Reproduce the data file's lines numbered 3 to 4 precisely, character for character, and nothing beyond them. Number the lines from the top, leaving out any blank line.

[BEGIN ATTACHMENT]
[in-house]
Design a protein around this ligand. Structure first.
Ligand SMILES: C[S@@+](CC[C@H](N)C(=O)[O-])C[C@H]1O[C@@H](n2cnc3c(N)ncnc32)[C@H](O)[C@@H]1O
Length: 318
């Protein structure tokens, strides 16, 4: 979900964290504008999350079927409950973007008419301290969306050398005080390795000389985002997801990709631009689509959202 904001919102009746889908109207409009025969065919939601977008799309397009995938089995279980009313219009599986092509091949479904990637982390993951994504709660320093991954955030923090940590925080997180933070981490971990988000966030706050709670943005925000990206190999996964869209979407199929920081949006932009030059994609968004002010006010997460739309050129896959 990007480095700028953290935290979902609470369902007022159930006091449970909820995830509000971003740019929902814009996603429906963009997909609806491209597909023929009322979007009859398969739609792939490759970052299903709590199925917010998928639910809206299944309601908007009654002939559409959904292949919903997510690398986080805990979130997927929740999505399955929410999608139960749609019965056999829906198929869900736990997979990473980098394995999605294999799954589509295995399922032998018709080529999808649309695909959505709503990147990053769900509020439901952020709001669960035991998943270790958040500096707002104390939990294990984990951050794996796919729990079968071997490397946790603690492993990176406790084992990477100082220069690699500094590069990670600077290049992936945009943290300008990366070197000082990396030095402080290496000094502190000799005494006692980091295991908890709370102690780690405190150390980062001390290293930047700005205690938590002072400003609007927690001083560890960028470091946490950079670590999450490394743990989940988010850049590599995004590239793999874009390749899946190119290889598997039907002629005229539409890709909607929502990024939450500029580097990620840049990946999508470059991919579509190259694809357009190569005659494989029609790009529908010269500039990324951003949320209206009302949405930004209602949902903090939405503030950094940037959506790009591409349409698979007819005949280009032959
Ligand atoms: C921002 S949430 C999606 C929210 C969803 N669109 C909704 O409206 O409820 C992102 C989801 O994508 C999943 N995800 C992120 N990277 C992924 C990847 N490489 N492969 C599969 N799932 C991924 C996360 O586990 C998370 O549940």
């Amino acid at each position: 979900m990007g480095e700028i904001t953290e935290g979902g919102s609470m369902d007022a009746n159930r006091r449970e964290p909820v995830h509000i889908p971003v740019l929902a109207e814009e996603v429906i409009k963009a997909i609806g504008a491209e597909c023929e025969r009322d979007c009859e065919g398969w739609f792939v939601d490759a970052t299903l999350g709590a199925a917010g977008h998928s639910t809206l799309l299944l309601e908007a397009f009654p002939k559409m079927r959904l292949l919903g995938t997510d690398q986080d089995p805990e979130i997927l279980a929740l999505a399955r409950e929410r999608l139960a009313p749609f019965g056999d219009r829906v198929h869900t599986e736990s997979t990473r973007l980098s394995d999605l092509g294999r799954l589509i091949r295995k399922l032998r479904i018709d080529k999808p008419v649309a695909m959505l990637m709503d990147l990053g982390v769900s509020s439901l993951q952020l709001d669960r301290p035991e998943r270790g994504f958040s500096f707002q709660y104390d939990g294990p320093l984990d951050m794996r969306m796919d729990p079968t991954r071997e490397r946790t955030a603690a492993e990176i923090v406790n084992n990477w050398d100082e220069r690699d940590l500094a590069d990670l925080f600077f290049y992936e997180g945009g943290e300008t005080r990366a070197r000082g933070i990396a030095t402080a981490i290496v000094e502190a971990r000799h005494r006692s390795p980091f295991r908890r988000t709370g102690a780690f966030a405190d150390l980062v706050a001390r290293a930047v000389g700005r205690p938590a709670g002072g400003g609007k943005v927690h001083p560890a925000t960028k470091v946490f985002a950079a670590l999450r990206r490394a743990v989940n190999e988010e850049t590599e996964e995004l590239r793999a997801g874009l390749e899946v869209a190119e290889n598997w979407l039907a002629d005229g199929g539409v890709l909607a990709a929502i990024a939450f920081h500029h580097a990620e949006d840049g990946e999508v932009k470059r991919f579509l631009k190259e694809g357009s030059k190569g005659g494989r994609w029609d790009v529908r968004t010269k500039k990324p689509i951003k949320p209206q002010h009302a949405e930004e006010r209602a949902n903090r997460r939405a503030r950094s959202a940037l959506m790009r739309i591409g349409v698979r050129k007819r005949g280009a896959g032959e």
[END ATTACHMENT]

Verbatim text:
Ligand SMILES: C[S@@+](CC[C@H](N)C(=O)[O-])C[C@H]1O[C@@H](n2cnc3c(N)ncnc32)[C@H](O)[C@@H]1O
Length: 318